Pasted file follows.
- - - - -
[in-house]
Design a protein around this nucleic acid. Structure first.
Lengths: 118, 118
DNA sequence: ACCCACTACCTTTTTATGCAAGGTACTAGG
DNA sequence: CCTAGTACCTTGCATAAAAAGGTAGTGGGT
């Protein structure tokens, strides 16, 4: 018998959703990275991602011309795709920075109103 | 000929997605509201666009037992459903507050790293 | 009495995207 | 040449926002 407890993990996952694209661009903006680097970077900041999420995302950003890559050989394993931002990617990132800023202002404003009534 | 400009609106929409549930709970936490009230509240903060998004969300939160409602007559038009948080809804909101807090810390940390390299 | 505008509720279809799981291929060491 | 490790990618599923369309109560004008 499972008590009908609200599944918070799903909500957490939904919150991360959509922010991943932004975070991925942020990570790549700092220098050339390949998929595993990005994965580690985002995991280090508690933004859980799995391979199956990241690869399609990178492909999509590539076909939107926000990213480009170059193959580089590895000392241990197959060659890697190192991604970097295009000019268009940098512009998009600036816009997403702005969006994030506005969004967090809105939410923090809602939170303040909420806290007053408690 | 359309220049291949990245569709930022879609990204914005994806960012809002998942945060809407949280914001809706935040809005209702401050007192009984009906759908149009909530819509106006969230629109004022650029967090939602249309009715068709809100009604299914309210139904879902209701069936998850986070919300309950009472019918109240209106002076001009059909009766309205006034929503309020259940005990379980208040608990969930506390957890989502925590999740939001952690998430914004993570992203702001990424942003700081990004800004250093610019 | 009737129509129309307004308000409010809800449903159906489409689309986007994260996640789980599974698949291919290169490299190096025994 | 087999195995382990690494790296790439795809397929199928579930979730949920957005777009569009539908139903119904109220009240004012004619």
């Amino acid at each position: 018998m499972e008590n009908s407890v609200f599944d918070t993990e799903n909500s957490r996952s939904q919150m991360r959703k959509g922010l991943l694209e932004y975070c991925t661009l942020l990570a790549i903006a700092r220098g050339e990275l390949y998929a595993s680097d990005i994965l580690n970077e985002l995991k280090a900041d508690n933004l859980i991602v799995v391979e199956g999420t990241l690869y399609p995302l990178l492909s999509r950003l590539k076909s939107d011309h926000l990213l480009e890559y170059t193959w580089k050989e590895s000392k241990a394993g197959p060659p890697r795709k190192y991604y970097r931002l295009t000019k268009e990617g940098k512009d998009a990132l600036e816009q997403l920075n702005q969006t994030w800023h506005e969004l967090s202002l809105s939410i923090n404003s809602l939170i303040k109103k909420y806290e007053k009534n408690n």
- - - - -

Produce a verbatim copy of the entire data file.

[in-house]
Design a protein around this nucleic acid. Structure first.
Lengths: 118, 118
DNA sequence: ACCCACTACCTTTTTATGCAAGGTACTAGG
DNA sequence: CCTAGTACCTTGCATAAAAAGGTAGTGGGT
């Protein structure tokens, strides 16, 4: 018998959703990275991602011309795709920075109103 | 000929997605509201666009037992459903507050790293 | 009495995207 | 040449926002 407890993990996952694209661009903006680097970077900041999420995302950003890559050989394993931002990617990132800023202002404003009534 | 400009609106929409549930709970936490009230509240903060998004969300939160409602007559038009948080809804909101807090810390940390390299 | 505008509720279809799981291929060491 | 490790990618599923369309109560004008 499972008590009908609200599944918070799903909500957490939904919150991360959509922010991943932004975070991925942020990570790549700092220098050339390949998929595993990005994965580690985002995991280090508690933004859980799995391979199956990241690869399609990178492909999509590539076909939107926000990213480009170059193959580089590895000392241990197959060659890697190192991604970097295009000019268009940098512009998009600036816009997403702005969006994030506005969004967090809105939410923090809602939170303040909420806290007053408690 | 359309220049291949990245569709930022879609990204914005994806960012809002998942945060809407949280914001809706935040809005209702401050007192009984009906759908149009909530819509106006969230629109004022650029967090939602249309009715068709809100009604299914309210139904879902209701069936998850986070919300309950009472019918109240209106002076001009059909009766309205006034929503309020259940005990379980208040608990969930506390957890989502925590999740939001952690998430914004993570992203702001990424942003700081990004800004250093610019 | 009737129509129309307004308000409010809800449903159906489409689309986007994260996640789980599974698949291919290169490299190096025994 | 087999195995382990690494790296790439795809397929199928579930979730949920957005777009569009539908139903119904109220009240004012004619």
């Amino acid at each position: 018998m499972e008590n009908s407890v609200f599944d918070t993990e799903n909500s957490r996952s939904q919150m991360r959703k959509g922010l991943l694209e932004y975070c991925t661009l942020l990570a790549i903006a700092r220098g050339e990275l390949y998929a595993s680097d990005i994965l580690n970077e985002l995991k280090a900041d508690n933004l859980i991602v799995v391979e199956g999420t990241l690869y399609p995302l990178l492909s999509r950003l590539k076909s939107d011309h926000l990213l480009e890559y170059t193959w580089k050989e590895s000392k241990a394993g197959p060659p890697r795709k190192y991604y970097r931002l295009t000019k268009e990617g940098k512009d998009a990132l600036e816009q997403l920075n702005q969006t994030w800023h506005e969004l967090s202002l809105s939410i923090n404003s809602l939170i303040k109103k909420y806290e007053k009534n408690n």